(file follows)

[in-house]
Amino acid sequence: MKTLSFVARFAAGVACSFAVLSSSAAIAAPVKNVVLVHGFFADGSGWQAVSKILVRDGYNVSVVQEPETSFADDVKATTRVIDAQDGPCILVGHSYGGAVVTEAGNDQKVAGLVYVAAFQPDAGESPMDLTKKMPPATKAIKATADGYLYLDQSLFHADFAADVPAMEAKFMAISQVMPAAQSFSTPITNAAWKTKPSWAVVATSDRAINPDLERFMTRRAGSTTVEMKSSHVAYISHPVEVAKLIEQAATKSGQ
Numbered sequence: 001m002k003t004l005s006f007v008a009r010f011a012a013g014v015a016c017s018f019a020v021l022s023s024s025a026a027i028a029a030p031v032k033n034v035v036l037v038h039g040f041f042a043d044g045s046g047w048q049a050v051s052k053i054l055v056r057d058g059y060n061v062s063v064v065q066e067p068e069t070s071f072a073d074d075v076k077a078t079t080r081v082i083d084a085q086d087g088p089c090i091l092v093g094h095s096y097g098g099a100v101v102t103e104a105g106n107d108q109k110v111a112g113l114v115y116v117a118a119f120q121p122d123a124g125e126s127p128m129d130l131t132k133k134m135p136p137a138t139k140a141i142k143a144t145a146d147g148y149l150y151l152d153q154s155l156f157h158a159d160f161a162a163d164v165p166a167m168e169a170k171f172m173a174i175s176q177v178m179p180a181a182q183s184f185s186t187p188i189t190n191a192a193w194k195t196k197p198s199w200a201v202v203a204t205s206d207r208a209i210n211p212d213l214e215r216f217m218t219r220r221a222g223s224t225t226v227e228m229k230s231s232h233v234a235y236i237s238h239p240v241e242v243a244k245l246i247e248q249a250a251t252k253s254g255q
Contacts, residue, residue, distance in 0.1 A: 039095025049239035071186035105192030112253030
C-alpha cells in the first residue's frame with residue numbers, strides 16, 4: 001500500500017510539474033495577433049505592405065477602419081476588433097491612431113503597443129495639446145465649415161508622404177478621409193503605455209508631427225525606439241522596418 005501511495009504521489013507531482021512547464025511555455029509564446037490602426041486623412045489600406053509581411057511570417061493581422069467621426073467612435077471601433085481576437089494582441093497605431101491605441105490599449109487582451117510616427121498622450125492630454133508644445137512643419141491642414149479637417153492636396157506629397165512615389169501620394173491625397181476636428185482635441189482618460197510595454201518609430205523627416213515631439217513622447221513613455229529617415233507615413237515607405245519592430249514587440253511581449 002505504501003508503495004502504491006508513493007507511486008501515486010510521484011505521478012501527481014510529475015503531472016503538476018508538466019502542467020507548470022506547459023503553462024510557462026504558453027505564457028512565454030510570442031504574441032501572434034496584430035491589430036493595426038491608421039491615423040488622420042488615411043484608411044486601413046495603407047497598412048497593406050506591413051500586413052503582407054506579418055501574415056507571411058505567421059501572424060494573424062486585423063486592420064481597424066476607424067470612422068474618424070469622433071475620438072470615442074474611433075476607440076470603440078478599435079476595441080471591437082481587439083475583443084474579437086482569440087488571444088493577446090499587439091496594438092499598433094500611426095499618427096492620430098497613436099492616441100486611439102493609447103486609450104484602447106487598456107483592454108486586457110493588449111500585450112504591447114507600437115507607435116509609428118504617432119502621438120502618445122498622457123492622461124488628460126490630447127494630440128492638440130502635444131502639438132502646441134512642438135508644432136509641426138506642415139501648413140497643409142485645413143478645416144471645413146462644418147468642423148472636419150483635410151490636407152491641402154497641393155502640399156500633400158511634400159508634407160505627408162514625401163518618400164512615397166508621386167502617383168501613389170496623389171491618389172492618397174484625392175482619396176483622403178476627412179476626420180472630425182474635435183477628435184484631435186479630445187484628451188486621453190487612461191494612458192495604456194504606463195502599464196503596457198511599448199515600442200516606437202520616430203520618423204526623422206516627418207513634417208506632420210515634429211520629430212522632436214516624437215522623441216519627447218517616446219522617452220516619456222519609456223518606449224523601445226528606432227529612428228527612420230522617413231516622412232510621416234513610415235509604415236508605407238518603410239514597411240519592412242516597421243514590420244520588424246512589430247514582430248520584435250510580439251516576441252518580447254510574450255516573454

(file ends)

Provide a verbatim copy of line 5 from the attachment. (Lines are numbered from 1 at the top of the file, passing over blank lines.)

C-alpha cells in the first residue's frame with residue numbers, strides 16, 4: 001500500500017510539474033495577433049505592405065477602419081476588433097491612431113503597443129495639446145465649415161508622404177478621409193503605455209508631427225525606439241522596418 005501511495009504521489013507531482021512547464025511555455029509564446037490602426041486623412045489600406053509581411057511570417061493581422069467621426073467612435077471601433085481576437089494582441093497605431101491605441105490599449109487582451117510616427121498622450125492630454133508644445137512643419141491642414149479637417153492636396157506629397165512615389169501620394173491625397181476636428185482635441189482618460197510595454201518609430205523627416213515631439217513622447221513613455229529617415233507615413237515607405245519592430249514587440253511581449 002505504501003508503495004502504491006508513493007507511486008501515486010510521484011505521478012501527481014510529475015503531472016503538476018508538466019502542467020507548470022506547459023503553462024510557462026504558453027505564457028512565454030510570442031504574441032501572434034496584430035491589430036493595426038491608421039491615423040488622420042488615411043484608411044486601413046495603407047497598412048497593406050506591413051500586413052503582407054506579418055501574415056507571411058505567421059501572424060494573424062486585423063486592420064481597424066476607424067470612422068474618424070469622433071475620438072470615442074474611433075476607440076470603440078478599435079476595441080471591437082481587439083475583443084474579437086482569440087488571444088493577446090499587439091496594438092499598433094500611426095499618427096492620430098497613436099492616441100486611439102493609447103486609450104484602447106487598456107483592454108486586457110493588449111500585450112504591447114507600437115507607435116509609428118504617432119502621438120502618445122498622457123492622461124488628460126490630447127494630440128492638440130502635444131502639438132502646441134512642438135508644432136509641426138506642415139501648413140497643409142485645413143478645416144471645413146462644418147468642423148472636419150483635410151490636407152491641402154497641393155502640399156500633400158511634400159508634407160505627408162514625401163518618400164512615397166508621386167502617383168501613389170496623389171491618389172492618397174484625392175482619396176483622403178476627412179476626420180472630425182474635435183477628435184484631435186479630445187484628451188486621453190487612461191494612458192495604456194504606463195502599464196503596457198511599448199515600442200516606437202520616430203520618423204526623422206516627418207513634417208506632420210515634429211520629430212522632436214516624437215522623441216519627447218517616446219522617452220516619456222519609456223518606449224523601445226528606432227529612428228527612420230522617413231516622412232510621416234513610415235509604415236508605407238518603410239514597411240519592412242516597421243514590420244520588424246512589430247514582430248520584435250510580439251516576441252518580447254510574450255516573454